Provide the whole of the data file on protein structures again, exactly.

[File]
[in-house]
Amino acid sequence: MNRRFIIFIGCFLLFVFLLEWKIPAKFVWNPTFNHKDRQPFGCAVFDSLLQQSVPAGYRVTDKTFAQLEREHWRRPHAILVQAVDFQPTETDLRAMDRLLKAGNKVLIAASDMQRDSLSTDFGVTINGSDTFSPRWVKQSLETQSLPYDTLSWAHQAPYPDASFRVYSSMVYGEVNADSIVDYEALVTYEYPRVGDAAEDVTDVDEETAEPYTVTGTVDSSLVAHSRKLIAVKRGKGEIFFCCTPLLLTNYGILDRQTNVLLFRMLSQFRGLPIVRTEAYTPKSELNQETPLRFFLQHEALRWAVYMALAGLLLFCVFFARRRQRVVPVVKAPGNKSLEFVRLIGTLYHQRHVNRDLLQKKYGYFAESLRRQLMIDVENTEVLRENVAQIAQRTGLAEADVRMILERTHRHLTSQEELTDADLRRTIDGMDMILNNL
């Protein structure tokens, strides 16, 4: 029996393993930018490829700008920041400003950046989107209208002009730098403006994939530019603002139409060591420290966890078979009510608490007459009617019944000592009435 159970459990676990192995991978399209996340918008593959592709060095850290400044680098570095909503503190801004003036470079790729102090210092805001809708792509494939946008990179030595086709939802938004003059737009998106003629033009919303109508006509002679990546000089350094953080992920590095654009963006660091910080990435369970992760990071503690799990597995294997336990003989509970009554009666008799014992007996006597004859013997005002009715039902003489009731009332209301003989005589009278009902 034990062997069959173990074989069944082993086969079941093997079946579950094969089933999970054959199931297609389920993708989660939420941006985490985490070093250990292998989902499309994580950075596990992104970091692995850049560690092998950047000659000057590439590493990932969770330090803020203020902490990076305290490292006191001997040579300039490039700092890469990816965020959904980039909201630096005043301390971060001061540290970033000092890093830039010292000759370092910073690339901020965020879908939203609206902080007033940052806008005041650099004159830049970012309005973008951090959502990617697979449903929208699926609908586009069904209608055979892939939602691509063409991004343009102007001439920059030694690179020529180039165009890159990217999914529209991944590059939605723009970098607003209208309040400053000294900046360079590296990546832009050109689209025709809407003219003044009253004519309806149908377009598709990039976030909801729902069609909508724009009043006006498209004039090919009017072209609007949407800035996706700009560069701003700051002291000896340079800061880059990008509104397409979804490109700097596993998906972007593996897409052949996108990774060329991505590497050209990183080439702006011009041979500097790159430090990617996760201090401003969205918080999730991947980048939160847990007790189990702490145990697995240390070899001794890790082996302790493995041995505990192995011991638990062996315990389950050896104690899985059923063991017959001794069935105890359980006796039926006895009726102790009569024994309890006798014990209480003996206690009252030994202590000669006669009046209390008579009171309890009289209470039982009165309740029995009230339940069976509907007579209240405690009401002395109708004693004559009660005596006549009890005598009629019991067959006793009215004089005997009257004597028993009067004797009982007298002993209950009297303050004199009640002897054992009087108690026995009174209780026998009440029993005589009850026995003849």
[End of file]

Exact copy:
[in-house]
Amino acid sequence: MNRRFIIFIGCFLLFVFLLEWKIPAKFVWNPTFNHKDRQPFGCAVFDSLLQQSVPAGYRVTDKTFAQLEREHWRRPHAILVQAVDFQPTETDLRAMDRLLKAGNKVLIAASDMQRDSLSTDFGVTINGSDTFSPRWVKQSLETQSLPYDTLSWAHQAPYPDASFRVYSSMVYGEVNADSIVDYEALVTYEYPRVGDAAEDVTDVDEETAEPYTVTGTVDSSLVAHSRKLIAVKRGKGEIFFCCTPLLLTNYGILDRQTNVLLFRMLSQFRGLPIVRTEAYTPKSELNQETPLRFFLQHEALRWAVYMALAGLLLFCVFFARRRQRVVPVVKAPGNKSLEFVRLIGTLYHQRHVNRDLLQKKYGYFAESLRRQLMIDVENTEVLRENVAQIAQRTGLAEADVRMILERTHRHLTSQEELTDADLRRTIDGMDMILNNL
């Protein structure tokens, strides 16, 4: 029996393993930018490829700008920041400003950046989107209208002009730098403006994939530019603002139409060591420290966890078979009510608490007459009617019944000592009435 159970459990676990192995991978399209996340918008593959592709060095850290400044680098570095909503503190801004003036470079790729102090210092805001809708792509494939946008990179030595086709939802938004003059737009998106003629033009919303109508006509002679990546000089350094953080992920590095654009963006660091910080990435369970992760990071503690799990597995294997336990003989509970009554009666008799014992007996006597004859013997005002009715039902003489009731009332209301003989005589009278009902 034990062997069959173990074989069944082993086969079941093997079946579950094969089933999970054959199931297609389920993708989660939420941006985490985490070093250990292998989902499309994580950075596990992104970091692995850049560690092998950047000659000057590439590493990932969770330090803020203020902490990076305290490292006191001997040579300039490039700092890469990816965020959904980039909201630096005043301390971060001061540290970033000092890093830039010292000759370092910073690339901020965020879908939203609206902080007033940052806008005041650099004159830049970012309005973008951090959502990617697979449903929208699926609908586009069904209608055979892939939602691509063409991004343009102007001439920059030694690179020529180039165009890159990217999914529209991944590059939605723009970098607003209208309040400053000294900046360079590296990546832009050109689209025709809407003219003044009253004519309806149908377009598709990039976030909801729902069609909508724009009043006006498209004039090919009017072209609007949407800035996706700009560069701003700051002291000896340079800061880059990008509104397409979804490109700097596993998906972007593996897409052949996108990774060329991505590497050209990183080439702006011009041979500097790159430090990617996760201090401003969205918080999730991947980048939160847990007790189990702490145990697995240390070899001794890790082996302790493995041995505990192995011991638990062996315990389950050896104690899985059923063991017959001794069935105890359980006796039926006895009726102790009569024994309890006798014990209480003996206690009252030994202590000669006669009046209390008579009171309890009289209470039982009165309740029995009230339940069976509907007579209240405690009401002395109708004693004559009660005596006549009890005598009629019991067959006793009215004089005997009257004597028993009067004797009982007298002993209950009297303050004199009640002897054992009087108690026995009174209780026998009440029993005589009850026995003849």